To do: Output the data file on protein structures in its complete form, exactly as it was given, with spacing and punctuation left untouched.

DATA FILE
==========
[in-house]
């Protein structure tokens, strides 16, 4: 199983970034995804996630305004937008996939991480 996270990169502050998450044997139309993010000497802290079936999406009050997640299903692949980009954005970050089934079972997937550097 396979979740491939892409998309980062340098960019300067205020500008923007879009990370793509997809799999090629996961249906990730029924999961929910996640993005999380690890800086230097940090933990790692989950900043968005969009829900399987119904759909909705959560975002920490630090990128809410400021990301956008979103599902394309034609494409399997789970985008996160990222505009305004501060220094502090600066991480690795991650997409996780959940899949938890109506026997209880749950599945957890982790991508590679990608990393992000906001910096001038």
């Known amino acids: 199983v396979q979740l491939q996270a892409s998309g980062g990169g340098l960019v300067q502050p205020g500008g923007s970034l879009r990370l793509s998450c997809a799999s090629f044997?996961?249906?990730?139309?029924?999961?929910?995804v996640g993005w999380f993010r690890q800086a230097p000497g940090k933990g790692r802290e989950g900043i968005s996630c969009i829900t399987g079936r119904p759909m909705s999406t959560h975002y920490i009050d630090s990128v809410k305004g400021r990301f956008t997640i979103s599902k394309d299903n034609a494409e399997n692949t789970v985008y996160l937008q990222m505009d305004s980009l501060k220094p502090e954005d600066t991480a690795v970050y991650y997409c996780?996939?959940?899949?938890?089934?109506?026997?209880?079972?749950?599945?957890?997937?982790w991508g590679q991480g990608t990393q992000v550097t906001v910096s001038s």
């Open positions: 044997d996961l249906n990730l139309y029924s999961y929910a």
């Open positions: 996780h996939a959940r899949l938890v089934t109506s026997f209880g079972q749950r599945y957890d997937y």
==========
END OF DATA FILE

[in-house]
């Protein structure tokens, strides 16, 4: 199983970034995804996630305004937008996939991480 996270990169502050998450044997139309993010000497802290079936999406009050997640299903692949980009954005970050089934079972997937550097 396979979740491939892409998309980062340098960019300067205020500008923007879009990370793509997809799999090629996961249906990730029924999961929910996640993005999380690890800086230097940090933990790692989950900043968005969009829900399987119904759909909705959560975002920490630090990128809410400021990301956008979103599902394309034609494409399997789970985008996160990222505009305004501060220094502090600066991480690795991650997409996780959940899949938890109506026997209880749950599945957890982790991508590679990608990393992000906001910096001038």
């Known amino acids: 199983v396979q979740l491939q996270a892409s998309g980062g990169g340098l960019v300067q502050p205020g500008g923007s970034l879009r990370l793509s998450c997809a799999s090629f044997?996961?249906?990730?139309?029924?999961?929910?995804v996640g993005w999380f993010r690890q800086a230097p000497g940090k933990g790692r802290e989950g900043i968005s996630c969009i829900t399987g079936r119904p759909m909705s999406t959560h975002y920490i009050d630090s990128v809410k305004g400021r990301f956008t997640i979103s599902k394309d299903n034609a494409e399997n692949t789970v985008y996160l937008q990222m505009d305004s980009l501060k220094p502090e954005d600066t991480a690795v970050y991650y997409c996780?996939?959940?899949?938890?089934?109506?026997?209880?079972?749950?599945?957890?997937?982790w991508g590679q991480g990608t990393q992000v550097t906001v910096s001038s």
């Open positions: 044997d996961l249906n990730l139309y029924s999961y929910a």
């Open positions: 996780h996939a959940r899949l938890v089934t109506s026997f209880g079972q749950r599945y957890d997937y």